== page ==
J. S. Fletcher

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J. S. Fletcher as a young man

Joseph Smith Fletcher (7 February 1863 – 30 January 1935)[1][2] was an English journalist and author. He wrote more than 230 books on a wide variety of subjects, both fiction and non-fiction, and was one of the most prolific English writers of detective fiction.[2][3]

Early life and education[edit]

Fletcher was born in Halifax, West Yorkshire, the son of a clergyman. His father died when he was eight months old, and after which his grandmother raised him on a farm in Darrington, near Pontefract. He was educated at Silcoates School in Wakefield, and after some study of law, he became a journalist.[2][4]

Writing career[edit]

At age 20, Fletcher began working in journalism, as a sub-editor in London. He subsequently returned to his native Yorkshire, where he worked first on the Leeds Mercury using the pseudonym A Son of the Soil, and then as a special correspondent for the Yorkshire Post covering Edward VII's coronation in 1902.[2]

Fletcher's first books published were poetry. He then moved on to write numerous works of historical fiction and history, many dealing with Yorkshire, which led to his selection as a fellow of the Royal Historical Society.[2]

Michael Sadleir stated that Fletcher's historical novel, When Charles I Was King (1892), was his best work.[4] Fletcher wrote several novels of rural life in imitation of Richard Jefferies, beginning with The Wonderful Wapentake (1894).[4]

In 1914, Fletcher wrote his first detective novel and went on to write over a hundred more, many featuring the private investigator Ronald Camberwell.[3]

Fletcher is sometimes incorrectly described as a "Golden Age of Detective Fiction" author, but he is in fact an almost exact contemporary of Conan Doyle. Most of his detective fiction works considerably pre-date that era, and even those few published within it do not conform to the closed form and strict rules professed, if not unfailingly observed, by the Golden Age writers.[3]

Personal life[edit]

He was married to the Irish writer Rosamond Langbridge, with whom he had one son,[4] Rev. Valentine Fletcher, who has subsequently held various ministries across Yorkshire, including Bradford and Sedbergh.[2]


Fletcher died in Surrey 1935, one week short of his 72nd birthday. He was survived by his wife Rosamond and son Valentine.[2][5]



  • Frank Carisbroke's Stratagem (1888)
  • Andrewlina (1889)
  • Mr. Spivey's Clerk (1890)
  • When Charles the First Was King (1892)
  • In the Days of Drake (1895)
  • Where Highways Cross (1895)
  • Mistress Spitfire (1896)
  • Baden Powell of Mafeking (1900)
  • Lucian the Dreamer (1903)
  • Perris of the Cherry-Trees (1913)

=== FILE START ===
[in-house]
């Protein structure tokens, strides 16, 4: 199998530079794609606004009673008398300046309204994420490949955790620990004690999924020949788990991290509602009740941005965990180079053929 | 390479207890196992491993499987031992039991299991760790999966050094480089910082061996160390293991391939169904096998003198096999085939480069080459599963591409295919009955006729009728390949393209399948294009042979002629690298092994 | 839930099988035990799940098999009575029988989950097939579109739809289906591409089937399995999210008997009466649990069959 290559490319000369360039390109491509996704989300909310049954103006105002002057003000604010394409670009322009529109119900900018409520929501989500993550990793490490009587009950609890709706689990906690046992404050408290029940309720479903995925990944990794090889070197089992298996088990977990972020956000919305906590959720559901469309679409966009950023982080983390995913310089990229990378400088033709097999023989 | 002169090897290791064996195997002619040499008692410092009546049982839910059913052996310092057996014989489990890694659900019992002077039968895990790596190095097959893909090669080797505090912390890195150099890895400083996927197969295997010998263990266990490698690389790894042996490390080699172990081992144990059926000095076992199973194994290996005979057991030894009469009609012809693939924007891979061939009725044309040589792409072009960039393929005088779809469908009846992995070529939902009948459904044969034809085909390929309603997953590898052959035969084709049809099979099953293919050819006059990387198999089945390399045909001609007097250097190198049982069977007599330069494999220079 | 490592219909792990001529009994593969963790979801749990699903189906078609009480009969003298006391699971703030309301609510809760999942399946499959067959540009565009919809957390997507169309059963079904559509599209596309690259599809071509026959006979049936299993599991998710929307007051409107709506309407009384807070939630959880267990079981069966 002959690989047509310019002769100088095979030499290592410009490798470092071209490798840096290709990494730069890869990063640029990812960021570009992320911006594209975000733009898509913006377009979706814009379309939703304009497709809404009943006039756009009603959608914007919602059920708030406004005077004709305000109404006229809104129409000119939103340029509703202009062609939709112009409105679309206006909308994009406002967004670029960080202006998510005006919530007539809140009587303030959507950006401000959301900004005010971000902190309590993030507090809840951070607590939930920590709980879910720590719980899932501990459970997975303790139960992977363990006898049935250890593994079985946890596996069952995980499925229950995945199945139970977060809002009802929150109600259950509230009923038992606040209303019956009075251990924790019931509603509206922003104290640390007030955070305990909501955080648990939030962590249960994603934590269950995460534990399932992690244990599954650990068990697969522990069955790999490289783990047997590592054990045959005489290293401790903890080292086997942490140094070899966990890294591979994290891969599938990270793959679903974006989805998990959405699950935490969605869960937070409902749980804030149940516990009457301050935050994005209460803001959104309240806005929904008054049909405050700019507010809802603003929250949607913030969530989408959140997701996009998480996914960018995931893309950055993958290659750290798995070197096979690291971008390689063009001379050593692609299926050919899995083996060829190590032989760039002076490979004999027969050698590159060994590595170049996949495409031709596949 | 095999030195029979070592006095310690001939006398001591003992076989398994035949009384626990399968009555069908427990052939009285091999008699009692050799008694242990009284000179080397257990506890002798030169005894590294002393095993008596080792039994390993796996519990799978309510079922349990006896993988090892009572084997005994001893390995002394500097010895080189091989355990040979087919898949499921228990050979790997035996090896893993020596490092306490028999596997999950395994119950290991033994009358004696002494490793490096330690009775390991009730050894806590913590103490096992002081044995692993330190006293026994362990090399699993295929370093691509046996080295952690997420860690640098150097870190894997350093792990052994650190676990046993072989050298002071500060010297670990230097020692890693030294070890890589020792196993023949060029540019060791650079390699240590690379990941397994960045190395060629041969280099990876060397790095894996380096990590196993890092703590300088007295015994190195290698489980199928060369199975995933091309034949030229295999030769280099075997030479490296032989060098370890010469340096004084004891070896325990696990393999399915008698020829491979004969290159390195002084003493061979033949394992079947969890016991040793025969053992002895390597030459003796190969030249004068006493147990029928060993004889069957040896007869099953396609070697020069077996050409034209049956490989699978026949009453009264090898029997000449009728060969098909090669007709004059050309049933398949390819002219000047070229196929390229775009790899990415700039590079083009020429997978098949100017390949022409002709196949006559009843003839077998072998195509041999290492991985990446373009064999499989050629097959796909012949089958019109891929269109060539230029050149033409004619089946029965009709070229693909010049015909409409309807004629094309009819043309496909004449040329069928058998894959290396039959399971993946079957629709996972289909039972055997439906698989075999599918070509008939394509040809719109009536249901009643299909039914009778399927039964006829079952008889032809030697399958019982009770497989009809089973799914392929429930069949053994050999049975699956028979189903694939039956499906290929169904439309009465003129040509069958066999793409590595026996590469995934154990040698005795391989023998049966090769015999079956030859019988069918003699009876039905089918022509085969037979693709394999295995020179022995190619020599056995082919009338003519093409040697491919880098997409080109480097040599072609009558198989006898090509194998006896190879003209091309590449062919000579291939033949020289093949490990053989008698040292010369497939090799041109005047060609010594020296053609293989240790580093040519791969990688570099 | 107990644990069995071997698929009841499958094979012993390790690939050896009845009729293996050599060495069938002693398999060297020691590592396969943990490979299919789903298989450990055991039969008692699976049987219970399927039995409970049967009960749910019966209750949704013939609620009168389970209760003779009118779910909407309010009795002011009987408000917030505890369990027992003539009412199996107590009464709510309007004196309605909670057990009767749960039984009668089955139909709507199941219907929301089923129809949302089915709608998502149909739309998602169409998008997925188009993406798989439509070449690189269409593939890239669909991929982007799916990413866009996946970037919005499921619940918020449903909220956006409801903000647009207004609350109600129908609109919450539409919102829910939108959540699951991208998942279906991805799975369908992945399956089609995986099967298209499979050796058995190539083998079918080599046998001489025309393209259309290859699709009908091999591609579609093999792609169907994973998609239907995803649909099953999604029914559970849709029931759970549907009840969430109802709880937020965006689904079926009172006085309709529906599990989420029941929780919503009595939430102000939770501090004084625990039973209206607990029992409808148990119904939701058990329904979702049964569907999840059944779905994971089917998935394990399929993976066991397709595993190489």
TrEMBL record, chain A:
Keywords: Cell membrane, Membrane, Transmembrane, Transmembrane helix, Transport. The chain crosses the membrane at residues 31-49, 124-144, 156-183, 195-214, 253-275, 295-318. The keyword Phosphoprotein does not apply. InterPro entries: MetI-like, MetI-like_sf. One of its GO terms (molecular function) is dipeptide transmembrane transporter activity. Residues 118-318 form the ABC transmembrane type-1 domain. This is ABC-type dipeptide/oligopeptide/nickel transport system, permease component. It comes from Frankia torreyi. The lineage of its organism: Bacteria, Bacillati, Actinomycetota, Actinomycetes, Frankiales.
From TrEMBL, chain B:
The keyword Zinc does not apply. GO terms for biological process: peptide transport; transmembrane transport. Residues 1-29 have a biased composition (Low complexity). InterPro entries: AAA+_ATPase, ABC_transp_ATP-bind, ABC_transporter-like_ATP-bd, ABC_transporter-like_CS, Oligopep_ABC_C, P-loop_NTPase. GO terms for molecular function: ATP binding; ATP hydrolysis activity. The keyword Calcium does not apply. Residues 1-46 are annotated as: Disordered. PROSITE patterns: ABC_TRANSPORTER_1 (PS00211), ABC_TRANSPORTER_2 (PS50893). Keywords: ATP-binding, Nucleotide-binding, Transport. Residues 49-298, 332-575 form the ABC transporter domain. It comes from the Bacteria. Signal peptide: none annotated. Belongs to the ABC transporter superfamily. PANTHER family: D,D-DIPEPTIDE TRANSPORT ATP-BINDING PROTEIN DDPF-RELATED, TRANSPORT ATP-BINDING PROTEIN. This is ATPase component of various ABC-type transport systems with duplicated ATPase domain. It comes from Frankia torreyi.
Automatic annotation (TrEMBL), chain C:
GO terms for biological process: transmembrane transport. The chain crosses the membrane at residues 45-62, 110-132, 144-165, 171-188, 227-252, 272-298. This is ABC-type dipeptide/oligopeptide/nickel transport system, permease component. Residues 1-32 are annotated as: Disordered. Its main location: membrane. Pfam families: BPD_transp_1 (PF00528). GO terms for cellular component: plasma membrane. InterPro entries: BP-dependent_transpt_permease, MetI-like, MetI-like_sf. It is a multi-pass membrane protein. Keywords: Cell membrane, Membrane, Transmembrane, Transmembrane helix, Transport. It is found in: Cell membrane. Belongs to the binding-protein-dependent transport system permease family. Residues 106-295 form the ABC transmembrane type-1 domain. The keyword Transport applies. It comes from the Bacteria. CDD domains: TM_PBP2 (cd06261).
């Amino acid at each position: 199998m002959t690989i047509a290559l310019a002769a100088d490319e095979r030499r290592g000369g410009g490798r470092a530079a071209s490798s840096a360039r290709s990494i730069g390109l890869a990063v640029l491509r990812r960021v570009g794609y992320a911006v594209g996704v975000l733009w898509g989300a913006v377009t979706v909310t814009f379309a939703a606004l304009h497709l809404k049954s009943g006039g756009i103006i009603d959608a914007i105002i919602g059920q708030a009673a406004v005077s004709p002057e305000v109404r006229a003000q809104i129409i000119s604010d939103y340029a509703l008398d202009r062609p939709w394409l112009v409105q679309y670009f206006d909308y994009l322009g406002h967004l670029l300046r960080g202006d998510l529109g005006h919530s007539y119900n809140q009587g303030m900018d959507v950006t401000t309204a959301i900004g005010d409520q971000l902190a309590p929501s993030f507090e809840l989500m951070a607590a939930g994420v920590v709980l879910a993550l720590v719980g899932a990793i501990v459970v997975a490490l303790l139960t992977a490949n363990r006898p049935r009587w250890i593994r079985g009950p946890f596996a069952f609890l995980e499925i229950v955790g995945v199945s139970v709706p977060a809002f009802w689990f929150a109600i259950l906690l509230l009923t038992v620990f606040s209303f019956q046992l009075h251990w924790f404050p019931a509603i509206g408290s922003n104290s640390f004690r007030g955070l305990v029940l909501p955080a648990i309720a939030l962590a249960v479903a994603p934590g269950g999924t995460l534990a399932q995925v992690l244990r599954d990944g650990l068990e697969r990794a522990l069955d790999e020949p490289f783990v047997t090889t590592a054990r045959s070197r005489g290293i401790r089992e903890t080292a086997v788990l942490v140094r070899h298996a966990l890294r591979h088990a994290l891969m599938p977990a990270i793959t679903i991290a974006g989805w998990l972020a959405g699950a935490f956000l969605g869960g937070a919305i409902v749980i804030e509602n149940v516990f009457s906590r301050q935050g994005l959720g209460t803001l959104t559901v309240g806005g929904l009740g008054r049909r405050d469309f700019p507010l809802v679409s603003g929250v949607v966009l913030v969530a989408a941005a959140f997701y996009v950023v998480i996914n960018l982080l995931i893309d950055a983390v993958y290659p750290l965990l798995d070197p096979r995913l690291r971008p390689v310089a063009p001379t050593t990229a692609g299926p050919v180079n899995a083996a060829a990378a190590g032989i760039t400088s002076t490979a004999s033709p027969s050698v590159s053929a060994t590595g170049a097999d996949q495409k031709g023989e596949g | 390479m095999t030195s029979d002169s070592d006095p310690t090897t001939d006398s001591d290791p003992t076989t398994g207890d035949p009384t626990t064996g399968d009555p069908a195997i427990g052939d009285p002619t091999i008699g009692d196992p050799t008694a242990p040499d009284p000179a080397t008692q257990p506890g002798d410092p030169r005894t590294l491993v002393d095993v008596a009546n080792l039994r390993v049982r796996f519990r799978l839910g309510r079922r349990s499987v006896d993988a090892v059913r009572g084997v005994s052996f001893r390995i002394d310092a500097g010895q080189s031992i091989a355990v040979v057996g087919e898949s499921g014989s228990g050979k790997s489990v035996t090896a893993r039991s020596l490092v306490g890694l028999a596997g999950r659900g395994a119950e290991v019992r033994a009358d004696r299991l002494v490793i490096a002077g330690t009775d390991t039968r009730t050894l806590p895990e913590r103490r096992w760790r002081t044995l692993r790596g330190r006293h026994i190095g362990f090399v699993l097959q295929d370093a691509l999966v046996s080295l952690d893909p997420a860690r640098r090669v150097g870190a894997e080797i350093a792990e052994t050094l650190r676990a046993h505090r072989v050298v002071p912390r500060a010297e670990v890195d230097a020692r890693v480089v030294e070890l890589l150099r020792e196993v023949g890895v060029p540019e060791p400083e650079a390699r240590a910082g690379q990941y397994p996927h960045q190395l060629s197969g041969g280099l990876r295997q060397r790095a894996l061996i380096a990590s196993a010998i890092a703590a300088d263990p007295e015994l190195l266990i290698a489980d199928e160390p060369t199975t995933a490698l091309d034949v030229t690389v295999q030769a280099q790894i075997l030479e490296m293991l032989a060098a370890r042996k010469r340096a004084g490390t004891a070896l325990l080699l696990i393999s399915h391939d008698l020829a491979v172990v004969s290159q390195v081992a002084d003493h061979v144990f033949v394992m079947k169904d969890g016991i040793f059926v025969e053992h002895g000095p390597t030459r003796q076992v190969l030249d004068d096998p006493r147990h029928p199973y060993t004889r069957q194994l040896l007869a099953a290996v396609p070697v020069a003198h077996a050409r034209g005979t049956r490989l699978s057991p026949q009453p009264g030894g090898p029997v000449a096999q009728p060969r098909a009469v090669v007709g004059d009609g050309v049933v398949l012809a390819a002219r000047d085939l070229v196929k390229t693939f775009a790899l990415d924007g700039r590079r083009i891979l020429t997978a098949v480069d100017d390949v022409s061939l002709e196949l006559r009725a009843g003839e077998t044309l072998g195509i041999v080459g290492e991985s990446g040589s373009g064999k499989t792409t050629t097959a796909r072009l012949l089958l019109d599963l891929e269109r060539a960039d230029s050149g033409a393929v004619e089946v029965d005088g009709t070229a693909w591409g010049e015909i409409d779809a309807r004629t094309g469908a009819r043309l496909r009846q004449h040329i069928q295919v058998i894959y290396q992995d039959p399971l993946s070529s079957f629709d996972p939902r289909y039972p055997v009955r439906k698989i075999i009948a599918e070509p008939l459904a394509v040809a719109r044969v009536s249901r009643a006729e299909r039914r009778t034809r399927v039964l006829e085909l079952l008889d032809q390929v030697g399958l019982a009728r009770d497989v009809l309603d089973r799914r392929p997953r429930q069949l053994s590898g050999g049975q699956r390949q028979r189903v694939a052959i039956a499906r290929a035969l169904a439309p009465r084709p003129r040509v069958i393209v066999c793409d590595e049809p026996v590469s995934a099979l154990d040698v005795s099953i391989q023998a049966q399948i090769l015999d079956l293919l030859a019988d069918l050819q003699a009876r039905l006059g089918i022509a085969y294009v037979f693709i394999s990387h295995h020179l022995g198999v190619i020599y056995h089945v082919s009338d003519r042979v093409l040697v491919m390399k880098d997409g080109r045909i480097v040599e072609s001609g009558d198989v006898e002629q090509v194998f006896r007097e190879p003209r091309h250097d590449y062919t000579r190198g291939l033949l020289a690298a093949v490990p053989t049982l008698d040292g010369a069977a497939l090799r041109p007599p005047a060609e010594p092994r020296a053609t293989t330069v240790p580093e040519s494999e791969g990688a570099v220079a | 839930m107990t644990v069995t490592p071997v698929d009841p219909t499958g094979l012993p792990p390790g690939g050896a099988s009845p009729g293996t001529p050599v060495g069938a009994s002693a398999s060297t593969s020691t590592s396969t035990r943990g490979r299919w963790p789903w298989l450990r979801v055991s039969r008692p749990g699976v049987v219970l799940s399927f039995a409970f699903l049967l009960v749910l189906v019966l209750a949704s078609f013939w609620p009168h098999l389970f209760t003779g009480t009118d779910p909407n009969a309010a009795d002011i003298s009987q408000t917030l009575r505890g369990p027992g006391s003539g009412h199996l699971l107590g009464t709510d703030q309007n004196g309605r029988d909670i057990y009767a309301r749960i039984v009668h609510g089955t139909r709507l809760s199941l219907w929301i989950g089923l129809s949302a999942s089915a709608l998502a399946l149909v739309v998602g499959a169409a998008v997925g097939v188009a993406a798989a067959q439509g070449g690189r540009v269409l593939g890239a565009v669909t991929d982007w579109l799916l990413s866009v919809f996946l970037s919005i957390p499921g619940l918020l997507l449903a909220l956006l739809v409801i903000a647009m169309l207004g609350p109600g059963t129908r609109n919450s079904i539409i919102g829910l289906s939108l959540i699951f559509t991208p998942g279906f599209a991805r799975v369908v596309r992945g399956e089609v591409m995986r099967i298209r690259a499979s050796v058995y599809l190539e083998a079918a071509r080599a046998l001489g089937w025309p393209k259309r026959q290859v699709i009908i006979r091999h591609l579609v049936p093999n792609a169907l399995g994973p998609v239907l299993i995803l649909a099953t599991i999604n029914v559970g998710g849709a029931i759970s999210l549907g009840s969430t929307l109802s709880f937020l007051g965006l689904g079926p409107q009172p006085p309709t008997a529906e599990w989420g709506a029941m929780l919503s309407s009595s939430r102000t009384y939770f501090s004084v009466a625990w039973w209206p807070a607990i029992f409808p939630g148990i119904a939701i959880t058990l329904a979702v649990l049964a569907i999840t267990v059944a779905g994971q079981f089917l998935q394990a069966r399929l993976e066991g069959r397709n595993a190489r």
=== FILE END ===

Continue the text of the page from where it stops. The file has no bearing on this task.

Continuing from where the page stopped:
• The King versus Wargrave (1915)
  • The Rayner-Slade Amalgamation (1917)
  • Paul Campenhaye (1918)
  • The Chestermarke Instinct (1918)
  • The Borough Treasurer (1919)
  • The Middle Temple Murder (1919)
  • The Talleyrand Maxim (1919)
  • Scarhaven Keep (1920)
  • The Herapath Property (1920)
  • The Lost Mr. Linthwaite (1920)
  • The Orange-Yellow Diamond (1920)
  • The Markenmore Mystery (1921)
  • The Root of All Evil (1921)
  • Wrychester Paradise (1921)
  • In the Mayor's Parlour (1922)
  • Ravensdene Court (1922)
  • The Middle of Things (1922)
  • The Million Dollar Diamond (1923)
  • The Charing Cross Mystery (1923)
  • The Kang-He Vase (1924)
  • The Safety Pin (1924)
  • Sea Fog (1925)
  • The Bedford Row Mystery (1925)
  • The Cartwright Gardens Murder (1925)
  • The Mill of Many Windows (1925)
  • Dead Men's Money (1928)
  • Murder at Wrides Park (1931)
  • Murder in Four Degrees (1931)
  • Murder of the Ninth Baronet (1932)
  • The Borgia Cabinet (1932)
  • The Solution of a Mystery (1932)
  • Green Ink and other stories (1935)
  • Todmanhawe Grange (completed after his death by Edward Powys Mathers as Torquemada, 1937)[6]

Short Stories[edit]

  • Miscellaneous Stories (1907)
  • Mr. Poskitt's Nightcaps (1910)
  • The Secret of the Barbican and Other Stories (1924)


  • The Juvenile Poems of Joseph S. Fletcher (1879)
  • Early Poems by Joseph Smith Fletcher (1882)
  • Anima Christi (1884)[7]


  1. ^ "J.S. Fletcher Dies; Popular Novelist". The New York Times. 1 February 1935. p. 21.
  2. ^ a b c d e f g Freeman, Sarah (8 May 2006). "How Fame Eluded a Man of Many Words". Yorkshire Post. Archived from the original on 26 April 2012.
  3. ^ a b c Greene, Hugh (editor) (1973). "Introduction". Further Rivals of Sherlock Holmes. Penguin Books. ISBN 0-14-003891-4.CS1 maint: extra text: authors list (link)
  4. ^ a b c d Sutherland, John (1990). The Stanford Companion to Victorian Fiction. Stanford University Press. p. 228. ISBN 0-8047-1842-3.
  5. ^ https://www.imdb.com/name/nm0282024/bio bio
  6. ^ Torquemada; Fletcher, J. S. (1937). "Introduction by Torquemada". Todmanhawe Grange. Thornton Butterworth.
  7. ^ Classics, Delphi. "Collected Works of J. S. Fletcher". Delphi Classics. Retrieved 2 April 2020.

Further reading[edit]

Ellis, Roger and Richard Williams, J. S. Fletcher: A Bibliographical Checklist of the British First Editions. Dragonby Press, 2013. ISBN 978-1-871122-21-3

External links[edit]